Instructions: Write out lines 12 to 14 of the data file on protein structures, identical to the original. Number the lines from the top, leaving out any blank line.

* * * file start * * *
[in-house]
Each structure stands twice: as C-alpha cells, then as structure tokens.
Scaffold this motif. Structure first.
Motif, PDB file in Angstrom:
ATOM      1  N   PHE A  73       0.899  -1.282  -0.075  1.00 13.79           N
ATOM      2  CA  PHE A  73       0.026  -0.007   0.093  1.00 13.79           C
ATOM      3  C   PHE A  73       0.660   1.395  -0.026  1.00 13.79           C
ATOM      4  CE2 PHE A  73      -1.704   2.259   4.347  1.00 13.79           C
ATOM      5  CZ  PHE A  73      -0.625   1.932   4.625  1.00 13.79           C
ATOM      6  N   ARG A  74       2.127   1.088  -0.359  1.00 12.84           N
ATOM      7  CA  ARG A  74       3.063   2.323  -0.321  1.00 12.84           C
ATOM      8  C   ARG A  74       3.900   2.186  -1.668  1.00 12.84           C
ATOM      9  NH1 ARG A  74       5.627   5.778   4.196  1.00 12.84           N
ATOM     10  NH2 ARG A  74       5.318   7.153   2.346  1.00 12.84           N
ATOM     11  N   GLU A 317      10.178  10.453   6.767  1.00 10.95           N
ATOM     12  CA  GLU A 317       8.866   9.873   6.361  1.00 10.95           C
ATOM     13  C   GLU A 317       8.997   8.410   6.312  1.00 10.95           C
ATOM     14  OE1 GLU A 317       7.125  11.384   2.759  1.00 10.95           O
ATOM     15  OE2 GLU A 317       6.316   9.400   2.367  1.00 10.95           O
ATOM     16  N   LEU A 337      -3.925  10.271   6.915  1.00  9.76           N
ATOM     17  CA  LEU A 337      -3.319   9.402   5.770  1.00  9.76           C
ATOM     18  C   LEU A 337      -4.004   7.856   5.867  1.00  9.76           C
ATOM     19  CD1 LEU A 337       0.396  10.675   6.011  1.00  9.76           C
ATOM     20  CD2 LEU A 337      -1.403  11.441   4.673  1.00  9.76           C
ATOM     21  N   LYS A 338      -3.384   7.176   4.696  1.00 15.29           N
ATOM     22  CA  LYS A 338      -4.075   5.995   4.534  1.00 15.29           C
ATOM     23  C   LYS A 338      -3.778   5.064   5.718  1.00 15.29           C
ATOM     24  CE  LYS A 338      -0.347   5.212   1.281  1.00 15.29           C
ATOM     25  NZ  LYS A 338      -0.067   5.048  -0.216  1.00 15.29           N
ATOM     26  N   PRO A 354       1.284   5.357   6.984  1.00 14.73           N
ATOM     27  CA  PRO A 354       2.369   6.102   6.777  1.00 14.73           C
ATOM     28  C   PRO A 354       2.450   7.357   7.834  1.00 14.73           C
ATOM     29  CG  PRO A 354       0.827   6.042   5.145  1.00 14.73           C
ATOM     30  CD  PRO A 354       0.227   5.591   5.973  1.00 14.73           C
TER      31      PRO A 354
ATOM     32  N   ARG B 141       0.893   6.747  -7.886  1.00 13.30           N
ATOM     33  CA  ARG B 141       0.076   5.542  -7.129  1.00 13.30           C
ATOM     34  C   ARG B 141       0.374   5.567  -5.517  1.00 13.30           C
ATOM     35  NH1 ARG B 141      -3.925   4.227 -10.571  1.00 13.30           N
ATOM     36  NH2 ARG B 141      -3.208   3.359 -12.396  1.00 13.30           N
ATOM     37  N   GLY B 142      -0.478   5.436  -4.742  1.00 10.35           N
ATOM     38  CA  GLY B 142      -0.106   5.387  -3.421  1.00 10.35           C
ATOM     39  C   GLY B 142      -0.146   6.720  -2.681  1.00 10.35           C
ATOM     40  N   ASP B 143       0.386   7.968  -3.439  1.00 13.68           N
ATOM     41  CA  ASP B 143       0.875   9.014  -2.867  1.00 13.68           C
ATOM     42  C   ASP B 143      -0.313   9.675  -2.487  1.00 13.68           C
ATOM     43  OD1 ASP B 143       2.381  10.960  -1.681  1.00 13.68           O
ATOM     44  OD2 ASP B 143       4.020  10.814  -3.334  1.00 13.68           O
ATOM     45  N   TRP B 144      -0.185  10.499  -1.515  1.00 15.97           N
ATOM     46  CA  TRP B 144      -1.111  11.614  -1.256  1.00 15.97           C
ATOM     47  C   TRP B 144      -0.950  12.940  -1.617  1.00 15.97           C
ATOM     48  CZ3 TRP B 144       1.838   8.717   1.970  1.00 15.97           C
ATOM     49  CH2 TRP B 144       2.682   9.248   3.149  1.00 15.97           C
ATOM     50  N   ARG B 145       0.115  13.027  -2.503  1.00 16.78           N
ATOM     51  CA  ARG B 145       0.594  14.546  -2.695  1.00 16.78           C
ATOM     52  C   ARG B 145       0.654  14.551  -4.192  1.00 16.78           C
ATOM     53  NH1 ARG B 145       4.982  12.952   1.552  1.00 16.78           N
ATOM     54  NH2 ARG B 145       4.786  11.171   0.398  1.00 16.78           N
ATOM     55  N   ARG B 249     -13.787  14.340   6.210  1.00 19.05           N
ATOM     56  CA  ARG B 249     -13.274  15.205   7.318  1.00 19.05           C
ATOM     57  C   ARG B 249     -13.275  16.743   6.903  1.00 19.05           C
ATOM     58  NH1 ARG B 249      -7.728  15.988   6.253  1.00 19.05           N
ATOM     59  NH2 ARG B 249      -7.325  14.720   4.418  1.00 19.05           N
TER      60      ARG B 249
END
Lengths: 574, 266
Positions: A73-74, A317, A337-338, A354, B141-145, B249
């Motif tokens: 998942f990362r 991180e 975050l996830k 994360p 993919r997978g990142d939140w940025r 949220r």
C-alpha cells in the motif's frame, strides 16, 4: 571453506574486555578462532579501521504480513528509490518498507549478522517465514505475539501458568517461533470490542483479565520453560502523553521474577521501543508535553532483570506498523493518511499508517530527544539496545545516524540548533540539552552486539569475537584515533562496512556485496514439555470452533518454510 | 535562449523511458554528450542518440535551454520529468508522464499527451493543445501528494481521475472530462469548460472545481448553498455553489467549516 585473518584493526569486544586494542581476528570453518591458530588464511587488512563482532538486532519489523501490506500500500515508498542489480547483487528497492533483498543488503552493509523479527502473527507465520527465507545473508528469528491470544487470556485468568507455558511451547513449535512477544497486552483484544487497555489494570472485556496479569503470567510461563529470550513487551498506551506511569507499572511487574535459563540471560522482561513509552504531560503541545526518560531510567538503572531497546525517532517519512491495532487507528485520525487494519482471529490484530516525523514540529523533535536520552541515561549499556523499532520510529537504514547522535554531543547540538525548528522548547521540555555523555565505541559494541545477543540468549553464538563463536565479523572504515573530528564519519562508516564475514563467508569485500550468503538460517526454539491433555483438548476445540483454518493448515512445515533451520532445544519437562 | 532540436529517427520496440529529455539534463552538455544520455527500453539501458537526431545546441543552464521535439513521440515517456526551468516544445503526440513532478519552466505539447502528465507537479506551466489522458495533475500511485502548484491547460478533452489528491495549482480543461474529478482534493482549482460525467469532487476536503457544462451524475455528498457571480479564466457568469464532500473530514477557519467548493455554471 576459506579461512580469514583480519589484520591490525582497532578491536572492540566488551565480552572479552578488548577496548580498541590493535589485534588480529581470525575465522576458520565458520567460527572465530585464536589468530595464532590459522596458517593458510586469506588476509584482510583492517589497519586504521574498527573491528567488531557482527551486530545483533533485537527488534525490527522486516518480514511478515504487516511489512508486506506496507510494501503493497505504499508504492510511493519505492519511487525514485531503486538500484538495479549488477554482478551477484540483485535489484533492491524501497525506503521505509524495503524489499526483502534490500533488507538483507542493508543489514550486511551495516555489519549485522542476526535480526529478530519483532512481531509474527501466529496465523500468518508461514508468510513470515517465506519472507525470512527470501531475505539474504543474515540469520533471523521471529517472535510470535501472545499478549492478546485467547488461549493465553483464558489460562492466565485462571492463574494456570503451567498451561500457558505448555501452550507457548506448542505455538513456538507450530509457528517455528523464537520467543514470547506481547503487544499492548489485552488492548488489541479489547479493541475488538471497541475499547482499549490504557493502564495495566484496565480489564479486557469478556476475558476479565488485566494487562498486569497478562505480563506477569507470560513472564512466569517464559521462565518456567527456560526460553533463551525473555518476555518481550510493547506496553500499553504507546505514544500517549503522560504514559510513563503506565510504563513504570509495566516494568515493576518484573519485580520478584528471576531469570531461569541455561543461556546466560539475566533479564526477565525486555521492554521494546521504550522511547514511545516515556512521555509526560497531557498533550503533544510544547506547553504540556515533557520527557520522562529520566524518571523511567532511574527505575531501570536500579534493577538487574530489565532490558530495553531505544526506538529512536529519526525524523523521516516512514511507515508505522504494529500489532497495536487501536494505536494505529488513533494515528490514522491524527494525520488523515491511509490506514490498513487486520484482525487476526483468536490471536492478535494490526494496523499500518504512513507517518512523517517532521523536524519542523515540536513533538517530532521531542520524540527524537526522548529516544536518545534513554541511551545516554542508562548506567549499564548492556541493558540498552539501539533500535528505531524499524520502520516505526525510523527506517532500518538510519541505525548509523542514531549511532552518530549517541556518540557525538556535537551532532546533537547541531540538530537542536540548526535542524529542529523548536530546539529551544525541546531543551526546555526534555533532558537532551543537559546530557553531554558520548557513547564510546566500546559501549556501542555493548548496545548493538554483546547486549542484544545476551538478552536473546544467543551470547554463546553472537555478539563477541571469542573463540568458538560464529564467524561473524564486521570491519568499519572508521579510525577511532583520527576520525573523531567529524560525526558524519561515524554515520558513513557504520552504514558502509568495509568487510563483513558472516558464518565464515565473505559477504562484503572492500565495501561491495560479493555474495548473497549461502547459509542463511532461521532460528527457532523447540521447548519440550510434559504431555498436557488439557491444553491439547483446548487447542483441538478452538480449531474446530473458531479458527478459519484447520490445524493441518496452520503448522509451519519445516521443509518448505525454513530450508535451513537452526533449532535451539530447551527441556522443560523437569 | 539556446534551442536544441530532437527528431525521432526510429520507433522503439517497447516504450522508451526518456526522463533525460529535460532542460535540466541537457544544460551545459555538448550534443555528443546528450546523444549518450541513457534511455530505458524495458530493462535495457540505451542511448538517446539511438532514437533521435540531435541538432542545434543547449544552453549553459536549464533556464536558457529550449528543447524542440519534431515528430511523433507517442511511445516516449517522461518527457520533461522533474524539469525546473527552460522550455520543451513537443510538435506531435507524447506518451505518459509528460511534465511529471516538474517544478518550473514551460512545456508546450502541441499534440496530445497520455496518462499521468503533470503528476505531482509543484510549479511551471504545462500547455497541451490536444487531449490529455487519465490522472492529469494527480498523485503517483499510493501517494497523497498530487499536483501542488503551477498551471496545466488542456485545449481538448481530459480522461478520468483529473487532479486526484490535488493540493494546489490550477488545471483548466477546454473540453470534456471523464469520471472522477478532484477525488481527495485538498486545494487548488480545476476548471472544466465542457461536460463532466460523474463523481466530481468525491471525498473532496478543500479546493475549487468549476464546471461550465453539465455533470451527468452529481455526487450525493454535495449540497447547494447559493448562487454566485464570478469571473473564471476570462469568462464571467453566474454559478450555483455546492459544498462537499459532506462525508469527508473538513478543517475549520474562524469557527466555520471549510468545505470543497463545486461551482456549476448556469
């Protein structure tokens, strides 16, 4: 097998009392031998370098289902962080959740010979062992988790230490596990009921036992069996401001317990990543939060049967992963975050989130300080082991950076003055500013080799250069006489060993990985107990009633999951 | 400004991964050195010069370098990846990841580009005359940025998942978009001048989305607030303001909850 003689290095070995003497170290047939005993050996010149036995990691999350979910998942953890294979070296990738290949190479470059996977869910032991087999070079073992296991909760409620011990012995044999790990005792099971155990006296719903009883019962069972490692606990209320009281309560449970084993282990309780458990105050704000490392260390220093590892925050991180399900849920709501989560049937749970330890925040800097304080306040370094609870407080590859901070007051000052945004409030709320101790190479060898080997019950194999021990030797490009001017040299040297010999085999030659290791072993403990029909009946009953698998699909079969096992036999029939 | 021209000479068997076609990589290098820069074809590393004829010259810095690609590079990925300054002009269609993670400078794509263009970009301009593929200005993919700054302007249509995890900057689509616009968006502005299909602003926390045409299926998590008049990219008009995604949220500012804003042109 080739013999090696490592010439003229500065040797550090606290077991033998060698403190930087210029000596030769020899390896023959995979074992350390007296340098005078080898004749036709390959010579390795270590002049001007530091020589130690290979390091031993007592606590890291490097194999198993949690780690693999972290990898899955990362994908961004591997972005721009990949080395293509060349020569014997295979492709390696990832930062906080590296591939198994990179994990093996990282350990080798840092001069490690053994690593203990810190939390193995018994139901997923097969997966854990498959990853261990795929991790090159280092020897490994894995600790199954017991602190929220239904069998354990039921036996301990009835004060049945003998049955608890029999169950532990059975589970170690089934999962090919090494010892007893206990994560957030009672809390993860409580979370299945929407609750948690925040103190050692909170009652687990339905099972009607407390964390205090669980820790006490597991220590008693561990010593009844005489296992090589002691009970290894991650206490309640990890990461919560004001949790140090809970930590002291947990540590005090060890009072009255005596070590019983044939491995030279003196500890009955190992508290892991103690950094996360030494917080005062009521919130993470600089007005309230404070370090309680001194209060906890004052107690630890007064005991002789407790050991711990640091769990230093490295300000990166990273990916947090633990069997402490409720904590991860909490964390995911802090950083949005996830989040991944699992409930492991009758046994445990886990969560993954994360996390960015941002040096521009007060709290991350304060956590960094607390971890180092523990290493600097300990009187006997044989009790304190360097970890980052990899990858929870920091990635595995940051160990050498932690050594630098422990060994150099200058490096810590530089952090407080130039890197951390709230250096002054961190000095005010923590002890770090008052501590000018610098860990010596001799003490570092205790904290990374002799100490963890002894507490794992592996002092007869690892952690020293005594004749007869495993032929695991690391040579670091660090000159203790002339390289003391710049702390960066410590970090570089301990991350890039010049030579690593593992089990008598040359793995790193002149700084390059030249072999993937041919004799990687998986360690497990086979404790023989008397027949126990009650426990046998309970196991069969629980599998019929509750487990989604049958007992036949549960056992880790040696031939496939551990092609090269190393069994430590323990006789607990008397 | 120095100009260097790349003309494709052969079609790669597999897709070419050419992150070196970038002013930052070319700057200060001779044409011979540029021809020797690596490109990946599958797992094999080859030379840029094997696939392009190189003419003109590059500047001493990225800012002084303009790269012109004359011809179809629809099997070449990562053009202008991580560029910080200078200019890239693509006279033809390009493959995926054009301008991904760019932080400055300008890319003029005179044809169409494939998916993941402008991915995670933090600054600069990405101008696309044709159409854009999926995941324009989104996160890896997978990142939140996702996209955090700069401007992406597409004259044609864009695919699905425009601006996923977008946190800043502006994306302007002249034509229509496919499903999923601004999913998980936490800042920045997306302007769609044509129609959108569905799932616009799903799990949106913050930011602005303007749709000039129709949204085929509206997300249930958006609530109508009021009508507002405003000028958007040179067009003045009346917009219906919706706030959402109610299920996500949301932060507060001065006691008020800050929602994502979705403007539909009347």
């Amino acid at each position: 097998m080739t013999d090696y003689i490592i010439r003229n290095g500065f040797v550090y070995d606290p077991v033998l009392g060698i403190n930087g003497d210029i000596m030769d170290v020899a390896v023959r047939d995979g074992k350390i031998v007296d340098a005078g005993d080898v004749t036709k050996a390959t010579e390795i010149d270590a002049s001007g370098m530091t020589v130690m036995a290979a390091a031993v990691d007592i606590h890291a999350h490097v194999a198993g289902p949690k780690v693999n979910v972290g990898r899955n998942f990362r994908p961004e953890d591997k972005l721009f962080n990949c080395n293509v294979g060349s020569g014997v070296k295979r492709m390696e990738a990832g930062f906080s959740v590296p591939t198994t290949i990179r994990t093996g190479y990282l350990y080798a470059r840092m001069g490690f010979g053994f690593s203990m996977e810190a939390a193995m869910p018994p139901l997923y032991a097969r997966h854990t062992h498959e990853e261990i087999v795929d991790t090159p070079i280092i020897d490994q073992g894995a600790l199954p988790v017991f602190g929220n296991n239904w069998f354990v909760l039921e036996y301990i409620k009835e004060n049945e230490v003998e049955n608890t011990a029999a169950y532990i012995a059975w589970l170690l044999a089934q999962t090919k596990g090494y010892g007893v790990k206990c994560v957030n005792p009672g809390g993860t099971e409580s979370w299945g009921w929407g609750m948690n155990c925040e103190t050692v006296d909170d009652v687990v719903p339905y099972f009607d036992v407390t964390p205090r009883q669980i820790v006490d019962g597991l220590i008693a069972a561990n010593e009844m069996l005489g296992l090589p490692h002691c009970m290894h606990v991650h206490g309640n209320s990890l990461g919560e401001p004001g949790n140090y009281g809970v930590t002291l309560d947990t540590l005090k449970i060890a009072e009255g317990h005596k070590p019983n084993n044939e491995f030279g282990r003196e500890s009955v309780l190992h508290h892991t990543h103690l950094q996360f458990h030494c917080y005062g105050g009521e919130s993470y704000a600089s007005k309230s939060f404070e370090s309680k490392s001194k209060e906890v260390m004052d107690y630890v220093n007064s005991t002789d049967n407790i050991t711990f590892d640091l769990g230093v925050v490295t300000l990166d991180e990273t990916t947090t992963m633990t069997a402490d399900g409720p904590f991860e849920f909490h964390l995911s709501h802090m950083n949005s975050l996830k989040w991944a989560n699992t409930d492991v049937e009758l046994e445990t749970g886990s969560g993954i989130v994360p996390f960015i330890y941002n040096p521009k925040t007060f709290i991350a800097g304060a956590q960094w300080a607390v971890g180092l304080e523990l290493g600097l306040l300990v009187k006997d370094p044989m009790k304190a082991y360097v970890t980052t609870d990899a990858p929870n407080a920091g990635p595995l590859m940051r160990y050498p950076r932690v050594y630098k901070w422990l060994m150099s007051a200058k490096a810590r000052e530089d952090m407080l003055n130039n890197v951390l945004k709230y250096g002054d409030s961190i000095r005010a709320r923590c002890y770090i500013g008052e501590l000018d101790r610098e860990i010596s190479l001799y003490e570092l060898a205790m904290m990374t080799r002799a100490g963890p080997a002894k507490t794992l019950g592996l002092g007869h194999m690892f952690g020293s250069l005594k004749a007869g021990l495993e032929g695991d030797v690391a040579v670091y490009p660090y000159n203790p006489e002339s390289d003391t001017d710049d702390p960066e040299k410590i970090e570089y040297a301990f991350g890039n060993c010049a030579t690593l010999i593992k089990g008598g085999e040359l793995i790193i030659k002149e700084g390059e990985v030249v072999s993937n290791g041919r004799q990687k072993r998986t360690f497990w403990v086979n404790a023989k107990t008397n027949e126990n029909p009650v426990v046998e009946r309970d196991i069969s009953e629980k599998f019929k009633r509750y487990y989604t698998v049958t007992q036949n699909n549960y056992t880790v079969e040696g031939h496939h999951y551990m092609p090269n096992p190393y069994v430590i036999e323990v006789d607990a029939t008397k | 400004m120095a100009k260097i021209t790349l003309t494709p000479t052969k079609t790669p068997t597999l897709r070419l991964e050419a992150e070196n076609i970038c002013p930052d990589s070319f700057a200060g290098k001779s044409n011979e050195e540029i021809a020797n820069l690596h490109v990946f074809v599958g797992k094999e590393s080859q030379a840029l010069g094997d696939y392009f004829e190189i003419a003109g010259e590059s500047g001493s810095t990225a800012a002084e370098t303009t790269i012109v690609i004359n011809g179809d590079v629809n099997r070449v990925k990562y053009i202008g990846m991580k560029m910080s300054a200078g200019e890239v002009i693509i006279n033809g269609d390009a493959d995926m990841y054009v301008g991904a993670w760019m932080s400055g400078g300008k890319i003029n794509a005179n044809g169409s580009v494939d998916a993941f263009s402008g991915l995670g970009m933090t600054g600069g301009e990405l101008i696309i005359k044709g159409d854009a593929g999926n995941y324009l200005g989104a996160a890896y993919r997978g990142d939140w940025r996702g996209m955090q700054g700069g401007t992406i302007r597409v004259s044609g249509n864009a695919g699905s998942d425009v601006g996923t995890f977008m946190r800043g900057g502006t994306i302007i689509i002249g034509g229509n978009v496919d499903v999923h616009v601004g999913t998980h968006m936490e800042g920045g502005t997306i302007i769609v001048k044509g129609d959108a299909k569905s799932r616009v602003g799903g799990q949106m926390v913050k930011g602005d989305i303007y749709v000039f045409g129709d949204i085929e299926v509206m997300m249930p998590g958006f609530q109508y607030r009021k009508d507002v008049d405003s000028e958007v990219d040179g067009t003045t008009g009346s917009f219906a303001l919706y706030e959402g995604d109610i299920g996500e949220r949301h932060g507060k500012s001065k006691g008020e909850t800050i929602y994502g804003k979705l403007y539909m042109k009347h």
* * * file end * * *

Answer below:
ATOM      8  C   ARG A  74       3.900   2.186  -1.668  1.00 12.84           C
ATOM      9  NH1 ARG A  74       5.627   5.778   4.196  1.00 12.84           N
ATOM     10  NH2 ARG A  74       5.318   7.153   2.346  1.00 12.84           N